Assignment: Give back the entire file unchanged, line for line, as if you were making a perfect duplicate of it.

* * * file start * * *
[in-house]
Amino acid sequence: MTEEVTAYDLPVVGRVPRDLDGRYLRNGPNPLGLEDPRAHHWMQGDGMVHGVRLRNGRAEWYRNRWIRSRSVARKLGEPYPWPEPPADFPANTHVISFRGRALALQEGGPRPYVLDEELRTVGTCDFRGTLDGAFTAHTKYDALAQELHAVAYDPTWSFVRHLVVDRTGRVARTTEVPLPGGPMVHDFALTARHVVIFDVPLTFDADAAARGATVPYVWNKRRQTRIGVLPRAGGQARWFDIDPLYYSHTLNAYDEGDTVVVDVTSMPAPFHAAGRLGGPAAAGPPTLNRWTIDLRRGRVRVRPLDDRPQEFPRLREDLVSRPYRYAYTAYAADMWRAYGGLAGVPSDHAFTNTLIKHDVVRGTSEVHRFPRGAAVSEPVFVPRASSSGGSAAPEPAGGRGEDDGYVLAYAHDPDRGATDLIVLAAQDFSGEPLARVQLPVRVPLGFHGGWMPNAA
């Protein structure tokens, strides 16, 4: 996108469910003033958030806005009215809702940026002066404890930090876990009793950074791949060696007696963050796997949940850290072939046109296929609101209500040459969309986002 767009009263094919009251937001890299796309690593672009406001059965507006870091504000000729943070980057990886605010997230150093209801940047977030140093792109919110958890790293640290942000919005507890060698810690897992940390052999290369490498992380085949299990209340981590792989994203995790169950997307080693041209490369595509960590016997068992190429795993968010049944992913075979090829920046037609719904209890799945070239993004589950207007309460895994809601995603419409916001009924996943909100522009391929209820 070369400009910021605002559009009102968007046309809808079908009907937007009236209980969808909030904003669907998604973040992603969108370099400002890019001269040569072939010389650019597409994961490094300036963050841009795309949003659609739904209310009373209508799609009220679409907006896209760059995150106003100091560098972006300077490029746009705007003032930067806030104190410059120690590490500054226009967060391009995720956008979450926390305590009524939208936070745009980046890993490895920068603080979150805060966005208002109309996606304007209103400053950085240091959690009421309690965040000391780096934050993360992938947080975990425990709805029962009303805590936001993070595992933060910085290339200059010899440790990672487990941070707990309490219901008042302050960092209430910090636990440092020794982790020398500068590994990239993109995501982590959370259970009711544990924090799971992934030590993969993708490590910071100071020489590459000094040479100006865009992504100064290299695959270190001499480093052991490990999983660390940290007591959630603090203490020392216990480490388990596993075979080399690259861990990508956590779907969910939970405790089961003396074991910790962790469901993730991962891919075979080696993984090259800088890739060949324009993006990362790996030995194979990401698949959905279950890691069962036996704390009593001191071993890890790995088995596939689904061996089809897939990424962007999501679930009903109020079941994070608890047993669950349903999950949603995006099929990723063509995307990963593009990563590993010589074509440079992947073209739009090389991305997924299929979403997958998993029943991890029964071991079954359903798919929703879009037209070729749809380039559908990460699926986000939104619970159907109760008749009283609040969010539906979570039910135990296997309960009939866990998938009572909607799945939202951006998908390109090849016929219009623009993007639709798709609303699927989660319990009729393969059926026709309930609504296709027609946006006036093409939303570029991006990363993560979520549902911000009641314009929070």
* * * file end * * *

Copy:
[in-house]
Amino acid sequence: MTEEVTAYDLPVVGRVPRDLDGRYLRNGPNPLGLEDPRAHHWMQGDGMVHGVRLRNGRAEWYRNRWIRSRSVARKLGEPYPWPEPPADFPANTHVISFRGRALALQEGGPRPYVLDEELRTVGTCDFRGTLDGAFTAHTKYDALAQELHAVAYDPTWSFVRHLVVDRTGRVARTTEVPLPGGPMVHDFALTARHVVIFDVPLTFDADAAARGATVPYVWNKRRQTRIGVLPRAGGQARWFDIDPLYYSHTLNAYDEGDTVVVDVTSMPAPFHAAGRLGGPAAAGPPTLNRWTIDLRRGRVRVRPLDDRPQEFPRLREDLVSRPYRYAYTAYAADMWRAYGGLAGVPSDHAFTNTLIKHDVVRGTSEVHRFPRGAAVSEPVFVPRASSSGGSAAPEPAGGRGEDDGYVLAYAHDPDRGATDLIVLAAQDFSGEPLARVQLPVRVPLGFHGGWMPNAA
């Protein structure tokens, strides 16, 4: 996108469910003033958030806005009215809702940026002066404890930090876990009793950074791949060696007696963050796997949940850290072939046109296929609101209500040459969309986002 767009009263094919009251937001890299796309690593672009406001059965507006870091504000000729943070980057990886605010997230150093209801940047977030140093792109919110958890790293640290942000919005507890060698810690897992940390052999290369490498992380085949299990209340981590792989994203995790169950997307080693041209490369595509960590016997068992190429795993968010049944992913075979090829920046037609719904209890799945070239993004589950207007309460895994809601995603419409916001009924996943909100522009391929209820 070369400009910021605002559009009102968007046309809808079908009907937007009236209980969808909030904003669907998604973040992603969108370099400002890019001269040569072939010389650019597409994961490094300036963050841009795309949003659609739904209310009373209508799609009220679409907006896209760059995150106003100091560098972006300077490029746009705007003032930067806030104190410059120690590490500054226009967060391009995720956008979450926390305590009524939208936070745009980046890993490895920068603080979150805060966005208002109309996606304007209103400053950085240091959690009421309690965040000391780096934050993360992938947080975990425990709805029962009303805590936001993070595992933060910085290339200059010899440790990672487990941070707990309490219901008042302050960092209430910090636990440092020794982790020398500068590994990239993109995501982590959370259970009711544990924090799971992934030590993969993708490590910071100071020489590459000094040479100006865009992504100064290299695959270190001499480093052991490990999983660390940290007591959630603090203490020392216990480490388990596993075979080399690259861990990508956590779907969910939970405790089961003396074991910790962790469901993730991962891919075979080696993984090259800088890739060949324009993006990362790996030995194979990401698949959905279950890691069962036996704390009593001191071993890890790995088995596939689904061996089809897939990424962007999501679930009903109020079941994070608890047993669950349903999950949603995006099929990723063509995307990963593009990563590993010589074509440079992947073209739009090389991305997924299929979403997958998993029943991890029964071991079954359903798919929703879009037209070729749809380039559908990460699926986000939104619970159907109760008749009283609040969010539906979570039910135990296997309960009939866990998938009572909607799945939202951006998908390109090849016929219009623009993007639709798709609303699927989660319990009729393969059926026709309930609504296709027609946006006036093409939303570029991006990363993560979520549902911000009641314009929070």